Another client is expecting her first child and desired ultra-healthy materials and furniture that would be safe for her expected family. “She wanted materials safe enough her child could eat them. My team supplied her family with the healthiest and most pure materials available, even giving attention to the dye ingredients in fabrics and the finishes on wood. Ultimately she had a home that was beautiful and that she felt safe in.”
Worry of being perceived as messy can also hold a person back from contacting a designer. It often comes down to a lack of storage options, but for some, it can be a cathartic process to let go of the excess clutter. A significant step as the design process begins is to take stock of what items are most important: what things are no longer useful to you, and what items bring you joy? Getting rid of excess items and furniture can be an enjoyable process and will make room for you to figure out what is precious and meaningful.
For many, part of embracing their unique identity may mean collecting, restoring or displaying treasured items. That should be no surprise–there’s an entire art-form dedicated to this idea: kintsugi is the Japanese art of repairing broken pottery with 24 karat gold. The idea is that instead of throwing away something broken, it can be made whole again, and its scars are proof of its history. It’s past and age are reminders that there’s beauty in experience and what is finite.
Items with some wear and tear show their history, their usefulness, and your love for them as a badge of honor. Allowing them to retain their imperfections is a way of embracing your own. It can be especially meaningful to hold onto the items that you found while traveling or that you were gifted.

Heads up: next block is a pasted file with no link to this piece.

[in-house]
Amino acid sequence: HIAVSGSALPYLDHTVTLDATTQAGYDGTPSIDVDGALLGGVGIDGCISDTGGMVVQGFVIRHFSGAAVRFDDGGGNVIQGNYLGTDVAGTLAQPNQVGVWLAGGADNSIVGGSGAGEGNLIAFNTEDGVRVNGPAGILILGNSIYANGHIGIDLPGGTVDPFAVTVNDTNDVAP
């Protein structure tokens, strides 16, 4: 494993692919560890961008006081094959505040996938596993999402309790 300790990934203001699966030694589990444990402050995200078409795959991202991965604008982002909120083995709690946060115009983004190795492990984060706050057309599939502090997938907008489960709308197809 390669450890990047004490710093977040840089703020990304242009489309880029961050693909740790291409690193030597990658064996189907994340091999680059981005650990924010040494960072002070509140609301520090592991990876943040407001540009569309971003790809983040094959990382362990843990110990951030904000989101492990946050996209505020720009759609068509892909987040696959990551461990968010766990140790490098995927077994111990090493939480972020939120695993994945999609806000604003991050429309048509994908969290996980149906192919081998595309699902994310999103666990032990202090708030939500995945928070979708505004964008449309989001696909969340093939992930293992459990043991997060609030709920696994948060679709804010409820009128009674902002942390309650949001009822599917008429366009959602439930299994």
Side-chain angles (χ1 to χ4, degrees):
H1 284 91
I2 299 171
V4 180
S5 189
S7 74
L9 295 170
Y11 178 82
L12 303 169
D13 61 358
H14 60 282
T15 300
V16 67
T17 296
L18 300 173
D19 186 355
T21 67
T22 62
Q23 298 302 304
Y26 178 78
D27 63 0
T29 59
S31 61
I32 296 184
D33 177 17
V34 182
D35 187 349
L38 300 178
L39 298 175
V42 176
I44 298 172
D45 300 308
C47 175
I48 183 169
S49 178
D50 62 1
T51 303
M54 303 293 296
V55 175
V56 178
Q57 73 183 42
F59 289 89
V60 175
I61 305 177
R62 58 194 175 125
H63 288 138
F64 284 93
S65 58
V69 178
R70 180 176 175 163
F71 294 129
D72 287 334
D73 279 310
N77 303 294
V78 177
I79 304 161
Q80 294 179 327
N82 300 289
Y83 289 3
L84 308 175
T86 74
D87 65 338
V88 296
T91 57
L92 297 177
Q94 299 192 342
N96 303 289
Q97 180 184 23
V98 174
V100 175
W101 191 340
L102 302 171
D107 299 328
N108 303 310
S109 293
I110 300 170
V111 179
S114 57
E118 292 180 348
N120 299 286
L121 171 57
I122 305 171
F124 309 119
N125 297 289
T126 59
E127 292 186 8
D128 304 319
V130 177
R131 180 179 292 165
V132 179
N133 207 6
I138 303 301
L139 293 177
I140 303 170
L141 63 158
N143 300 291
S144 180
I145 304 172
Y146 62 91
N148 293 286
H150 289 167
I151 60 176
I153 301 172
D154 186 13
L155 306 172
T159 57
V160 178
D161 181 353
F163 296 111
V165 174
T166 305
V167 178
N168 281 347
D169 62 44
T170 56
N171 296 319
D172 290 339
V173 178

Embracing an appreciation for flawed beauty allows you to hone in on the crucial items and create a natural, healthy space. Removing clutter yet holding onto and restoring imperfect, meaningful pieces is a delicate line to walk, but it can bring authenticity and personality to your home.
There are so many unique situations that can be improved by custom, robust design. In some cases that situation may be health or physical limitations, in which case ergonomics may be a reason to ask a designer for help. They can apply universal design principles to ensure your home is comfortable for you and your family. “I’ve had several clients with special requests. One client, aside from being over six feet tall, had multiple knee surgeries that made it difficult to get in and out of chairs. My team researched and commissioned furniture with custom seat heights and dimensions to make it easier for him to get up and down.”
“It’s not all unusual requests. Sometimes the client needs something super personal that they feel unsure how to handle themselves.” Barnard described a pair of clients who were married and in their late 60s, living with one of their mothers, in her late 80s. “They wanted her close by so they could look after her, but then she also wanted her independence. The solution was creating a separate wing in their home; we essentially created a suite inside their home that included a master bedroom, sitting room, and bathroom, but it was all closed off by a door from the rest of the house.”